If you want to build a card catalog, you need to look at all the books in a library or collection. If you want to build a concordance for a book, you need to look at all the words in the book.
If you want to build a search engine for every website on the internet, where do you even start? Where do you find web pages to put in your web search engine?
The answer involves graphs. And spiders.
Links are part of everyday life. In the mid-1980s, links were a big new idea, and one that made the World Wide Web very different from previous internet services. Email existed without links for more than a decade before the web was invented.
Links are also the key mechanism that lets an internet search engine find web pages.
One way to think about the web is to ignore where the links are on every page, and ignore the text on every page, just keeping track of which pages link to other pages.
If you make a box for every URL, and then you draw an arrow from the box where a link appears to the box where the link leads, you end up with a structure that is familiar to computer scientists: a graph.
The vertices in this graph are marked with URLs. The arrows are also called edges. Every edge starts on a page that has a link, and the arrow points to the URL where the link directs you.
If Twitter removes the link from
brilliant.org/, what happens to this graph of the web?
Once the web is seen as a graph, a search engine can find lots of web sites by exploring the graph. Traditional graph search algorithms can be used for this purpose.
The animation below illustrates one way for an algorithm to explore the graph of the web. The algorithm keeps track of a group of URLs that it knows about but hasn’t yet read, the “frontier,” shown in yellow.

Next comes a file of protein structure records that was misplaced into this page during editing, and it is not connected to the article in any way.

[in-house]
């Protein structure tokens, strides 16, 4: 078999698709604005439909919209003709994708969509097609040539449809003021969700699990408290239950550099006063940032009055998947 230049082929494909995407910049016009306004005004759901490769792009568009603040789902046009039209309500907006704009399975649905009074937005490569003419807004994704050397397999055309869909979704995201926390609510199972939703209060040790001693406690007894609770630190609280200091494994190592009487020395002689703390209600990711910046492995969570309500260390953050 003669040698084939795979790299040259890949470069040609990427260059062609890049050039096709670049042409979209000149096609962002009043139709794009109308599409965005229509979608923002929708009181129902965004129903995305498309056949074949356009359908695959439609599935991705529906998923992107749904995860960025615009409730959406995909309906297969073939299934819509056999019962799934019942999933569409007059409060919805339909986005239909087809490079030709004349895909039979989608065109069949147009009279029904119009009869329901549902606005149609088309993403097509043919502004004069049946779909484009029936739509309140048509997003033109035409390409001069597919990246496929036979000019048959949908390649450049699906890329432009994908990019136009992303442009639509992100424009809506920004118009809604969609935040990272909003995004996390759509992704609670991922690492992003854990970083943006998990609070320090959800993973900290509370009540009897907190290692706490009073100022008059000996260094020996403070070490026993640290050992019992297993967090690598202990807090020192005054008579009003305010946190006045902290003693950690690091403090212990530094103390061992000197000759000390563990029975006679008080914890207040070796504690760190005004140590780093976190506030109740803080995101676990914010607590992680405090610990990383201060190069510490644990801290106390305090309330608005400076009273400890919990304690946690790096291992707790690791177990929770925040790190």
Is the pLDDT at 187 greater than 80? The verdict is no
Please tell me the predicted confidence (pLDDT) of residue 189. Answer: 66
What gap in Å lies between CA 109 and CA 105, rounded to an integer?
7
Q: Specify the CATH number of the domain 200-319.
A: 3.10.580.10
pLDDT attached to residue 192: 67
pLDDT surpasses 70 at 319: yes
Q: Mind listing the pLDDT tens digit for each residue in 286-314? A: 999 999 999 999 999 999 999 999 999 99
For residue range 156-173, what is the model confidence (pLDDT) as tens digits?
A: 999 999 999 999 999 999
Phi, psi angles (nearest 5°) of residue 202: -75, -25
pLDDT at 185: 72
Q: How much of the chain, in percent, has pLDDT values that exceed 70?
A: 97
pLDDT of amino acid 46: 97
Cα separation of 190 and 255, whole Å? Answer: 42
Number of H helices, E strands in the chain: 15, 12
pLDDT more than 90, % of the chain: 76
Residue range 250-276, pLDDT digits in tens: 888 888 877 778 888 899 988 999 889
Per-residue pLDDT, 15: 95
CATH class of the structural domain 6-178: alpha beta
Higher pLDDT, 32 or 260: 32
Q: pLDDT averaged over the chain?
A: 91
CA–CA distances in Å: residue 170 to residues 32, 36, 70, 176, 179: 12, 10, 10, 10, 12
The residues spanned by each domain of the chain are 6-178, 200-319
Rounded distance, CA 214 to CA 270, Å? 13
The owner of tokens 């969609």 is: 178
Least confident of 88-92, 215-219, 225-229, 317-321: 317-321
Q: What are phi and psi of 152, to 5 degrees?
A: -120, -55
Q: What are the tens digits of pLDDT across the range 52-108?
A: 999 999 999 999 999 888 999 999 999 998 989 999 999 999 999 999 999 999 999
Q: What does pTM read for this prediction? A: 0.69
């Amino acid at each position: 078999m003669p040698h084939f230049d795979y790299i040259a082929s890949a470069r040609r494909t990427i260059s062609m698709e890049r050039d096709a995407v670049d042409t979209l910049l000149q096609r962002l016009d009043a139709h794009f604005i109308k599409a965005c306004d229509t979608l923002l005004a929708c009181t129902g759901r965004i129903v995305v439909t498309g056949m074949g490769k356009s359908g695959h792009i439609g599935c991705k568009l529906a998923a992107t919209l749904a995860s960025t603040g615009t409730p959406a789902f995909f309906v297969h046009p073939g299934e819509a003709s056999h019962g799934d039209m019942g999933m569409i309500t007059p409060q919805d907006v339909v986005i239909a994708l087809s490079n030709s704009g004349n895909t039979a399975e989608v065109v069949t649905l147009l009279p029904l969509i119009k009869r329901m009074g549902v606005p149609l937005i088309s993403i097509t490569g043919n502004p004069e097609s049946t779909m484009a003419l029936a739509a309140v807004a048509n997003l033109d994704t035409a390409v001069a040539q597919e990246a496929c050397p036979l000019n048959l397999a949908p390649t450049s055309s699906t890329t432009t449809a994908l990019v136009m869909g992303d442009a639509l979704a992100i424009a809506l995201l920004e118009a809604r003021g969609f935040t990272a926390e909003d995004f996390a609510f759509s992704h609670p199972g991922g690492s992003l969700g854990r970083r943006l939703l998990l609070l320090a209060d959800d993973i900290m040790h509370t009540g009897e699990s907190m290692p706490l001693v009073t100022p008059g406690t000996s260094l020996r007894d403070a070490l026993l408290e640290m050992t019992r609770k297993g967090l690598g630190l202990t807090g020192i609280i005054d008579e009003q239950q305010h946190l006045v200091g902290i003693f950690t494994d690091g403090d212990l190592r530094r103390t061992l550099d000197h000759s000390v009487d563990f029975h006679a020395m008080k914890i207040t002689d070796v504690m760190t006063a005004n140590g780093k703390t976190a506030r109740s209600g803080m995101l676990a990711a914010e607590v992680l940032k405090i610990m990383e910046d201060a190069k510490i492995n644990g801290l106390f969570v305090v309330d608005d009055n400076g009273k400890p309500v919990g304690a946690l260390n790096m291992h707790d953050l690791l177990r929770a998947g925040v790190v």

On each round, a URL is selected and read. All of the previously unexplored URLs linked on that page are now known to the algorithm, so they are added to the frontier.
Programs that perform search on the graph of the web quickly became called "web crawlers," which then got renamed "spiders."
A web spider starts crawling the web graph above at
a.com and keeps crawling until it has run out of websites to visit. Select all websites that will be visited by a spider that starts in this way.
Web spiders were the first tool that took advantage of the web as a graph. Following links, significant parts of the web could be identified, read, and incorporated into search engines. The process was a never-ending one, because the web graph is constantly changing and growing as URLs are added and links are modified.
Almost all of the early search engines in the early 1990s took advantage of web crawlers, using the graph structure of the web in order to find and index pages that could then be searched by users.
In the late 1990s, Google got its start by using the same graph structure in a different way. Google figured out a way to analyze the web graph and measure a page’s popularity. This popularity metric, PageRank, made Google’s search engine incredibly effective at ranking different web pages that matched a search query.
Chapter 4 of this course will describe how PageRank works and why it dramatically changed how the World Wide Web works.